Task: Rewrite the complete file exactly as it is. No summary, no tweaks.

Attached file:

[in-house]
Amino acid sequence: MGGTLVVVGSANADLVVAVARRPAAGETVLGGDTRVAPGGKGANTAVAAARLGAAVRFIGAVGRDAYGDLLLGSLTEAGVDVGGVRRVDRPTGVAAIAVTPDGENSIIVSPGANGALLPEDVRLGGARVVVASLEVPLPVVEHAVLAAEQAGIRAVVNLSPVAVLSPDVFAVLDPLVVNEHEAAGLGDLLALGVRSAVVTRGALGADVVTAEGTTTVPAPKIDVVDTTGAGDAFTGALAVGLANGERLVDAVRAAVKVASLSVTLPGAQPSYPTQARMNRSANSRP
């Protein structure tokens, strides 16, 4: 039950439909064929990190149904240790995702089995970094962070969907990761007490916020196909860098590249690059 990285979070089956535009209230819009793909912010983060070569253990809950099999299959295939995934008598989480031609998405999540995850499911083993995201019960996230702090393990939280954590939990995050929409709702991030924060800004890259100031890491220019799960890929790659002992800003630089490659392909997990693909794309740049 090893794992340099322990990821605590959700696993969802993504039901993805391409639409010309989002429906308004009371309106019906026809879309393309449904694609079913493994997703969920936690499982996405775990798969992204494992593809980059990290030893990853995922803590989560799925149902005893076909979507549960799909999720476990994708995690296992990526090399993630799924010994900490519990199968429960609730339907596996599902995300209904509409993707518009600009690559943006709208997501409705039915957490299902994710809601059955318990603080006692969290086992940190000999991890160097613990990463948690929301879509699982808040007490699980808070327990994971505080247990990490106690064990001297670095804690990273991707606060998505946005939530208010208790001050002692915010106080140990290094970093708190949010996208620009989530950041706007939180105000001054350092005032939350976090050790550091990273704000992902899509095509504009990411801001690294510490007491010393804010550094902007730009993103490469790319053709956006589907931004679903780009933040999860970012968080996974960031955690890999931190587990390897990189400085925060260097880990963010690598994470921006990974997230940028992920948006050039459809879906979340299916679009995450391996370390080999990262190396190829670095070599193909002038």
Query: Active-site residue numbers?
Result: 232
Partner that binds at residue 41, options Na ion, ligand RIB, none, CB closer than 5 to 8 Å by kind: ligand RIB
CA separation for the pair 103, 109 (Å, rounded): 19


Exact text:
[in-house]
Amino acid sequence: MGGTLVVVGSANADLVVAVARRPAAGETVLGGDTRVAPGGKGANTAVAAARLGAAVRFIGAVGRDAYGDLLLGSLTEAGVDVGGVRRVDRPTGVAAIAVTPDGENSIIVSPGANGALLPEDVRLGGARVVVASLEVPLPVVEHAVLAAEQAGIRAVVNLSPVAVLSPDVFAVLDPLVVNEHEAAGLGDLLALGVRSAVVTRGALGADVVTAEGTTTVPAPKIDVVDTTGAGDAFTGALAVGLANGERLVDAVRAAVKVASLSVTLPGAQPSYPTQARMNRSANSRP
């Protein structure tokens, strides 16, 4: 039950439909064929990190149904240790995702089995970094962070969907990761007490916020196909860098590249690059 990285979070089956535009209230819009793909912010983060070569253990809950099999299959295939995934008598989480031609998405999540995850499911083993995201019960996230702090393990939280954590939990995050929409709702991030924060800004890259100031890491220019799960890929790659002992800003630089490659392909997990693909794309740049 090893794992340099322990990821605590959700696993969802993504039901993805391409639409010309989002429906308004009371309106019906026809879309393309449904694609079913493994997703969920936690499982996405775990798969992204494992593809980059990290030893990853995922803590989560799925149902005893076909979507549960799909999720476990994708995690296992990526090399993630799924010994900490519990199968429960609730339907596996599902995300209904509409993707518009600009690559943006709208997501409705039915957490299902994710809601059955318990603080006692969290086992940190000999991890160097613990990463948690929301879509699982808040007490699980808070327990994971505080247990990490106690064990001297670095804690990273991707606060998505946005939530208010208790001050002692915010106080140990290094970093708190949010996208620009989530950041706007939180105000001054350092005032939350976090050790550091990273704000992902899509095509504009990411801001690294510490007491010393804010550094902007730009993103490469790319053709956006589907931004679903780009933040999860970012968080996974960031955690890999931190587990390897990189400085925060260097880990963010690598994470921006990974997230940028992920948006050039459809879906979340299916679009995450391996370390080999990262190396190829670095070599193909002038």
Query: Active-site residue numbers?
Result: 232
Partner that binds at residue 41, options Na ion, ligand RIB, none, CB closer than 5 to 8 Å by kind: ligand RIB
CA separation for the pair 103, 109 (Å, rounded): 19